Yuichi Takasaka: Facemounted Digital Prints
What do you get when you mix a passion for the Northern Lights with a new digital printing process? The answer can be found this month at Vancouver’s Art Beatus gallery in the photography of Yuichi Takasaka and his Fires In the North exhibition, featuring 20 large-scale, facemounted prints of the Aurora Borealis.
We spoke with Yuichi on the opening day of Fires In the North about his stunning, ethereal photography of the night sky, and how his art has changed with the introduction of digital cameras, digital printing techniques, and new display options such as facemounting.
Like what you see in Yuichi’s video?
Visit www.opusartsupplies.com/digitalprinting for information on how Facemounting can breathe new light into your digital prints.
Shining a Light on Facemount
When using film, Yuichi explains, he could only do star trail photos on moonless nights. Now with digital, “I take a series of photos with 6–15 seconds exposure over the course of 3 hours, and then put them all together on the computer. This way you can see the star trail, the moon, and the foreground and everything. This could not have been done with film.”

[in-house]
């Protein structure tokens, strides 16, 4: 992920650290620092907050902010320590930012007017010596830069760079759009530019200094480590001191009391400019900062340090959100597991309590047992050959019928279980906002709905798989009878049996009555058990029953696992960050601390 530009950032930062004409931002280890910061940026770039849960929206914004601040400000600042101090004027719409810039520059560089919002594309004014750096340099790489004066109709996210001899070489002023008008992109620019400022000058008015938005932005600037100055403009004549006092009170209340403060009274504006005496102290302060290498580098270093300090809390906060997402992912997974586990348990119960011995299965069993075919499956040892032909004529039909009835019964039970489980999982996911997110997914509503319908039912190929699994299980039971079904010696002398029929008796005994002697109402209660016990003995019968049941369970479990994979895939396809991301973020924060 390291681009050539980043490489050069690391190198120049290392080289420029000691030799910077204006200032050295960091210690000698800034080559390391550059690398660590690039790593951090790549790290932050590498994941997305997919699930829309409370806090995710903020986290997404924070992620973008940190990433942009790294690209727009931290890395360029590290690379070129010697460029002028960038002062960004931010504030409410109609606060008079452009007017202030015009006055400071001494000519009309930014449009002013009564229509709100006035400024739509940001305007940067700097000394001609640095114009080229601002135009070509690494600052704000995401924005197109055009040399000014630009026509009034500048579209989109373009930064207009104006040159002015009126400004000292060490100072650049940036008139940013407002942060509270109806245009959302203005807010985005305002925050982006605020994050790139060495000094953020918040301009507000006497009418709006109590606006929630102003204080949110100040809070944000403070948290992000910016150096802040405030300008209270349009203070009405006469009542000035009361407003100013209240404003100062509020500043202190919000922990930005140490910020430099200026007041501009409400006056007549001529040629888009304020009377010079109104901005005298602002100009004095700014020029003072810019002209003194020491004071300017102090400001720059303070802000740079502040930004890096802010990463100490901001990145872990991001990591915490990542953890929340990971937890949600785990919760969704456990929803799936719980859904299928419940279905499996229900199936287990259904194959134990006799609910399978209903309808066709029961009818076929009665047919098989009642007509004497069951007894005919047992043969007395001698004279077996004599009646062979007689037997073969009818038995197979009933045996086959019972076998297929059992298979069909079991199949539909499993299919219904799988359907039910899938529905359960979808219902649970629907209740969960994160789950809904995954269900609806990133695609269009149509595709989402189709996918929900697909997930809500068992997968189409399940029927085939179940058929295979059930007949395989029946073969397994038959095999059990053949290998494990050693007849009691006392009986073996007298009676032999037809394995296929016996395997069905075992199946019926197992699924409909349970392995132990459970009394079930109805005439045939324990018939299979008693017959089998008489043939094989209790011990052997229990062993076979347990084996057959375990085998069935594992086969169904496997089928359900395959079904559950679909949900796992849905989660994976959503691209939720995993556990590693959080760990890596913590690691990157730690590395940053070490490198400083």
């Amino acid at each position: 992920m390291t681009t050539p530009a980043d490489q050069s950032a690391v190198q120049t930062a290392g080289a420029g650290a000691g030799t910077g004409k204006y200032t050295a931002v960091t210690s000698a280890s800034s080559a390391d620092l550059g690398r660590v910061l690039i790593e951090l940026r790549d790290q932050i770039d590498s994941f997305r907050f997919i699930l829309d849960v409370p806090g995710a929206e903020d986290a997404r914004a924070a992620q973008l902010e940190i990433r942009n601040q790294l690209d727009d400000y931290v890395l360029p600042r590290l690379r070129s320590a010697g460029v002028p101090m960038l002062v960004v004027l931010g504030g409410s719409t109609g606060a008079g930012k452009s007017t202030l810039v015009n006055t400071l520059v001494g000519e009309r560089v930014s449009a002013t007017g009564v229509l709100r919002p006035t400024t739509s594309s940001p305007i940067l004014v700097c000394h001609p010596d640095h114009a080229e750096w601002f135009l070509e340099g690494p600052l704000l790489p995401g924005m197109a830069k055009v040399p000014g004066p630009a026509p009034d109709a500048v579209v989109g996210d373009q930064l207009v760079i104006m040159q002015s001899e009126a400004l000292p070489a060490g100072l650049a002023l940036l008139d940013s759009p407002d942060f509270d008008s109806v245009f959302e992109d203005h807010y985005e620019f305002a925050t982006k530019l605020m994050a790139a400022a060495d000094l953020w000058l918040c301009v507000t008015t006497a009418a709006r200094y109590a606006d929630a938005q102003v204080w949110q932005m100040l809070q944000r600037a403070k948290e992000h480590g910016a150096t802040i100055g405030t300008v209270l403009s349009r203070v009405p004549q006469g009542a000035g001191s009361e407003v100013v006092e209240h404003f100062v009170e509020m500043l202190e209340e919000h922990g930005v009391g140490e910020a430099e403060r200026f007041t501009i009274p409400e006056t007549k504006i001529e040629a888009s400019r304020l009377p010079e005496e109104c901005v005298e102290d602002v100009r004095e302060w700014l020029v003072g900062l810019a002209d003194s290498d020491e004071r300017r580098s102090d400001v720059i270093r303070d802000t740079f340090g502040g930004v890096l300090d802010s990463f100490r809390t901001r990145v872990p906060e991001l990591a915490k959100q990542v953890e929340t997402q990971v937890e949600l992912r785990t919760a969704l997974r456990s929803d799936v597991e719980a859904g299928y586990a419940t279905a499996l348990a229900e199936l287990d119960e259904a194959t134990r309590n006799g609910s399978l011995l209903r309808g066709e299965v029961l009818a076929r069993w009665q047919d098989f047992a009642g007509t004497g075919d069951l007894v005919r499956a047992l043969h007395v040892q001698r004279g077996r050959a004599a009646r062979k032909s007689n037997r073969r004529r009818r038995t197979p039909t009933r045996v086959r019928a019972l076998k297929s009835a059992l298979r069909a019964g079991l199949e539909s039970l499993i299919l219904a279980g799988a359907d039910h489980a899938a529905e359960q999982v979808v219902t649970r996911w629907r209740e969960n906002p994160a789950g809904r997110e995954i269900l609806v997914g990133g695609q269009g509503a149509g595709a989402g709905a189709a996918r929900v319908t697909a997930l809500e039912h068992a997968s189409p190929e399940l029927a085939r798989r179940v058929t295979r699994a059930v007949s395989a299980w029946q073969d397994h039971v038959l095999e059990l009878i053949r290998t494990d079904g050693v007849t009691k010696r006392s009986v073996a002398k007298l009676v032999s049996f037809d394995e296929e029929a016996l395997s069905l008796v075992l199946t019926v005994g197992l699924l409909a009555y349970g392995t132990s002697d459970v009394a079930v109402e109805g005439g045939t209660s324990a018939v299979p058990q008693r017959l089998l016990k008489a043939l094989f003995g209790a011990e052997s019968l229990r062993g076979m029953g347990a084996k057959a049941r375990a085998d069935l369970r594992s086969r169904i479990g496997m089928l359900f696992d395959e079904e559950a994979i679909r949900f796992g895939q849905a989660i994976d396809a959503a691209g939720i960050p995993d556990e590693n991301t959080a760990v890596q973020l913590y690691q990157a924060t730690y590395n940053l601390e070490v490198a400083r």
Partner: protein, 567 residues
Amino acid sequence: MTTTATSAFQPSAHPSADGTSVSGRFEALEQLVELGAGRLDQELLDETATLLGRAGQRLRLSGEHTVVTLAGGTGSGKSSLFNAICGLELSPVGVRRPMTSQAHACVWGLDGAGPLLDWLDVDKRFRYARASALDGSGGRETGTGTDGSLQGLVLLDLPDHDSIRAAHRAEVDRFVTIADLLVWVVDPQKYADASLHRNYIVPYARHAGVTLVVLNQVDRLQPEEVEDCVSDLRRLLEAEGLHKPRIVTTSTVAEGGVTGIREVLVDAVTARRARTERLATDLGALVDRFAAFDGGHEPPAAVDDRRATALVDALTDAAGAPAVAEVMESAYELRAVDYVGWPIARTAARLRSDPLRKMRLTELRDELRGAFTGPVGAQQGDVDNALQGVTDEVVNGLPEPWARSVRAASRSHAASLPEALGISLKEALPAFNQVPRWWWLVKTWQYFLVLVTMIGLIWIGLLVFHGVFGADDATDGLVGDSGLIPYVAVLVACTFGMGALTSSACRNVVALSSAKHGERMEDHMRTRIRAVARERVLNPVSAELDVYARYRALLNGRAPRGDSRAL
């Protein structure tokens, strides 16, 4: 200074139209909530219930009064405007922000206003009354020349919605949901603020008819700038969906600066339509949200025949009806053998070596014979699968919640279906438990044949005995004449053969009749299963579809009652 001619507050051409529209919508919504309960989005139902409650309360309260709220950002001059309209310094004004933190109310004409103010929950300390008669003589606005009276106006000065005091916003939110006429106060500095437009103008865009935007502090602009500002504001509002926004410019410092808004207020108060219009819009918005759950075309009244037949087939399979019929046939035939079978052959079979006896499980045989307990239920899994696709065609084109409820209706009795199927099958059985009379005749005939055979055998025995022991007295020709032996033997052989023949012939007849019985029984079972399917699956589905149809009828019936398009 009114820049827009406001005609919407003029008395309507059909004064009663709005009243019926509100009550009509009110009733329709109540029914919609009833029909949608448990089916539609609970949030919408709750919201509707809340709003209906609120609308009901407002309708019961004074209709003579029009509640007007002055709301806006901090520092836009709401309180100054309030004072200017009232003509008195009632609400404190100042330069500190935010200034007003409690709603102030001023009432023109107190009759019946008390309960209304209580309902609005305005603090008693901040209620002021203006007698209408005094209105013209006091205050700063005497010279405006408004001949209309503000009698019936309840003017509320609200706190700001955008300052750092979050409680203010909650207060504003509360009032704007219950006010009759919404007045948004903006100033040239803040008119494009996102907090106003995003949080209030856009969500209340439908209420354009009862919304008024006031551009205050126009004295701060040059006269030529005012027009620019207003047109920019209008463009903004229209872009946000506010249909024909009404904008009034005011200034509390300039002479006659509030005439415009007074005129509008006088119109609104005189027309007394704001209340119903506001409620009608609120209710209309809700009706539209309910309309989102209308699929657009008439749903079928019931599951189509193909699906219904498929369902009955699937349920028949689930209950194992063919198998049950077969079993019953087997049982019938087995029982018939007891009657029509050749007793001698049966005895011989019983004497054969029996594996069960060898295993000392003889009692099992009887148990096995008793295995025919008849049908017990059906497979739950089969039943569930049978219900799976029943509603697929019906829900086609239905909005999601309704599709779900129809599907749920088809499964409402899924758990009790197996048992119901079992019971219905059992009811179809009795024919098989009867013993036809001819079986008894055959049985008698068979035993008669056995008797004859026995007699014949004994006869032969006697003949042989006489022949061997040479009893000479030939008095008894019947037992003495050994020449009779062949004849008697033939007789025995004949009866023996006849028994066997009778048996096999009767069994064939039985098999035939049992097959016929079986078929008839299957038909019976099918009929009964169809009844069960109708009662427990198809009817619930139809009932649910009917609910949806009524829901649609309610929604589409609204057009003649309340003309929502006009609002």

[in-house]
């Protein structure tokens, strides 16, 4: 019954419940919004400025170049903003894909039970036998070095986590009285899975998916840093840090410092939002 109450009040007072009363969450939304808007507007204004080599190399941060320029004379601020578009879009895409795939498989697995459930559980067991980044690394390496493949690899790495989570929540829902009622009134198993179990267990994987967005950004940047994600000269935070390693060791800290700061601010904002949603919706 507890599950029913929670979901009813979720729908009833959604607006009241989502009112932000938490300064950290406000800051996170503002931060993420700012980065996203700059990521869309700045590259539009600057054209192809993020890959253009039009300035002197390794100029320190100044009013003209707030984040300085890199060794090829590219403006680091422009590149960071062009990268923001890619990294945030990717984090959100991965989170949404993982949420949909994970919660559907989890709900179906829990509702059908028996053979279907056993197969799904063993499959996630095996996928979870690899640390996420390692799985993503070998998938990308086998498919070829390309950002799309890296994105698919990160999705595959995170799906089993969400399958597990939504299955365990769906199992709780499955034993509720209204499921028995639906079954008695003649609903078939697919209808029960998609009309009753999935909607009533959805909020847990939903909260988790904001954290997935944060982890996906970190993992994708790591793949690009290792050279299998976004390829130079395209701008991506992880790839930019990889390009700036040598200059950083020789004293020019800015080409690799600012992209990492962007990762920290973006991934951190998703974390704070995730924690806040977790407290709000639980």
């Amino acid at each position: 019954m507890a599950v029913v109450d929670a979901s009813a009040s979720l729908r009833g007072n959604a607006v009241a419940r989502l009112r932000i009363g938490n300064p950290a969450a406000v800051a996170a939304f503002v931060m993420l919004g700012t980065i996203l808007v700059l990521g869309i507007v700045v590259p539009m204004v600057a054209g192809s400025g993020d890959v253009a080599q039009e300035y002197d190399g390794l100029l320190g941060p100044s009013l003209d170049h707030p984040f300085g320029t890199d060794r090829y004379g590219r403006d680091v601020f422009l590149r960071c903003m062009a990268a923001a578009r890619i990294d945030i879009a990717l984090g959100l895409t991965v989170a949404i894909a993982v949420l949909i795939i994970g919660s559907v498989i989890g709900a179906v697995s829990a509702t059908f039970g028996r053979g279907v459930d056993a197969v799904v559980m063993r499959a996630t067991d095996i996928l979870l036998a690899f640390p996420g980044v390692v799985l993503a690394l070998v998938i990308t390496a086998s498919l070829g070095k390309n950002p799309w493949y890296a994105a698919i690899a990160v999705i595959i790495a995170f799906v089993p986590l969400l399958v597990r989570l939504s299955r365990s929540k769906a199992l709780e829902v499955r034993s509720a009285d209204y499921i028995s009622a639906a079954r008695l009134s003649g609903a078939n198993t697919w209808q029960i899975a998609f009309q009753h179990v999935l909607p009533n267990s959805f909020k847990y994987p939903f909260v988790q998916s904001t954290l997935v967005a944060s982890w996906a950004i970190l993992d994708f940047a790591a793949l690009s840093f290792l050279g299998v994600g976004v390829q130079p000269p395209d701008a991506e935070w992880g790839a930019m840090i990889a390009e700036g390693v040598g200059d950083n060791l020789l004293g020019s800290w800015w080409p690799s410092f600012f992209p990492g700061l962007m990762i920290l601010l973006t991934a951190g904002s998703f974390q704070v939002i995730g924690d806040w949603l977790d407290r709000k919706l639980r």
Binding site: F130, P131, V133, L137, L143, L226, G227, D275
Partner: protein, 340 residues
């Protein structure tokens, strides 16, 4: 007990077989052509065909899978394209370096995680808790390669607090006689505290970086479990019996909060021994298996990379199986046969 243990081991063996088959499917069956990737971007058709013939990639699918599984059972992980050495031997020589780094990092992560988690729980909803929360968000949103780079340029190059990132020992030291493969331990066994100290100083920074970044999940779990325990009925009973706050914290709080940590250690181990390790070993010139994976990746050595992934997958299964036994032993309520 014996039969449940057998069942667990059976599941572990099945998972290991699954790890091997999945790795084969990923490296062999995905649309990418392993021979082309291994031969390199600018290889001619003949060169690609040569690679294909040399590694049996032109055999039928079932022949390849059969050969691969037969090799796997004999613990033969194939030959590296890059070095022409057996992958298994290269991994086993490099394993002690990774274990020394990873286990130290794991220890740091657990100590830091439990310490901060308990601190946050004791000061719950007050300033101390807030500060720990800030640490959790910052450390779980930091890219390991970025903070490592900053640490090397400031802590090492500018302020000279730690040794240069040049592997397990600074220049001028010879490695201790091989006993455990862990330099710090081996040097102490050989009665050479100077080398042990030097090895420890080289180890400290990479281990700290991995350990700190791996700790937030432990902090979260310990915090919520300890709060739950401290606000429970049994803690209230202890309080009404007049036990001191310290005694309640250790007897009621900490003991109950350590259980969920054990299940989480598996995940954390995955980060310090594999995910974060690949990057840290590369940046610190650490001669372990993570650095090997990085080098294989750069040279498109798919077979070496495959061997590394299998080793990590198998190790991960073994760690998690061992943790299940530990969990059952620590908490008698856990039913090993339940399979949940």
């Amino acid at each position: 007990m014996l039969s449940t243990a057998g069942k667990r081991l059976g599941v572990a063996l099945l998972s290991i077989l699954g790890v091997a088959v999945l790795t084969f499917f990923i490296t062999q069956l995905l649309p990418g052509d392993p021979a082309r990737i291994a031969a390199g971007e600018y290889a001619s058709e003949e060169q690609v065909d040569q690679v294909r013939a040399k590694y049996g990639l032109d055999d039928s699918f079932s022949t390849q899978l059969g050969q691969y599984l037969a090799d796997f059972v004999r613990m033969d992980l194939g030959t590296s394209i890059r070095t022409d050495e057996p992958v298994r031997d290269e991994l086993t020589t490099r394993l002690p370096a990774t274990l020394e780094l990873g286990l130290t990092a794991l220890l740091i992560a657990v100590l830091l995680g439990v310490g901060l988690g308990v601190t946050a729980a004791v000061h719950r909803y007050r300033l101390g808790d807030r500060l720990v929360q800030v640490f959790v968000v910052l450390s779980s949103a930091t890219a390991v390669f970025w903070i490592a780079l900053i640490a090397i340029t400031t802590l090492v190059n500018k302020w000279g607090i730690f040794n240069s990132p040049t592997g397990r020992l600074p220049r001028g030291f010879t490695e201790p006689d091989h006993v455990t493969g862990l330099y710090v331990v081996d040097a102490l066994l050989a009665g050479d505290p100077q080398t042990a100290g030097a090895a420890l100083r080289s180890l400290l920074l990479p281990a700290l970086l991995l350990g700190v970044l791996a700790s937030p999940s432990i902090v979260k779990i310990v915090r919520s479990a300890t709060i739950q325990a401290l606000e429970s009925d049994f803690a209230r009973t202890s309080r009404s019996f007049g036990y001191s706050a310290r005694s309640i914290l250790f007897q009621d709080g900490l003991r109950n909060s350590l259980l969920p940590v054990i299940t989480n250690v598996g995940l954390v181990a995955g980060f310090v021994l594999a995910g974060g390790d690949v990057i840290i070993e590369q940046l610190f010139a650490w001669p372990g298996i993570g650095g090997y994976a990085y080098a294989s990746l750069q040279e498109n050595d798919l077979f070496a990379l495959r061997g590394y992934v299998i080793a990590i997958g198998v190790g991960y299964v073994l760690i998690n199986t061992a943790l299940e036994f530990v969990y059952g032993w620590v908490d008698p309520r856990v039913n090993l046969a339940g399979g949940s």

Another big difference is the size that Yuichi is able to print his digital photos. Using his 24 mega-pixel Canon Digital camera, he’s able to capture extremely large images. “I used to do smaller pictures, but then I found ‘the bigger, the better!’” Printed and facemounted at a size of 30″ wide, Yuichi’s photos show incredibly fine details. We were excited to find out that Opus’ introduction of Facemounting to our Fine Art Digital Printing Service was the inspiration to put together this show.
“For night-sky photographers, the difference between digital and film photography is just night and day!”
“This exhibition actually happened because of this new technology, facemounting. My friend who does photography in Japan has been using facemount for many years. I noticed that Opus started doing facemounting early this year. I immediately printed all these large 60 UI prints – 20 of them!” After showing these images in Kelowna, Yuichi contacted Vancouver’s Art Beatus, and arranged a second show.
Facemounting involves permanently adhering an image to a clear substrate such as Plexiglas™. With the image mounted behind the Plexi, light refracts in a way that makes the colour pop and provides an almost 3D effect, with the image appearing sharper than ever before. With gallery lighting it may appear as if the piece is back-lit. Facemounted prints are backed with Opus Aluminum Composite Panel for a strong, structurally stable piece.
“Most people in Canada have never seen it (facemount) so they usually say: “Wow, this is like the lights are coming out of it” so it is very, very effective. Now that I use facemount, I don’t think I could go back. This is just great for the Northern Lights – the light just pops out! It’s just great!” •
Update, October 11: Due to the outstanding attendance, Yuichi’s Fires In The North exhibition has been extended until November 1!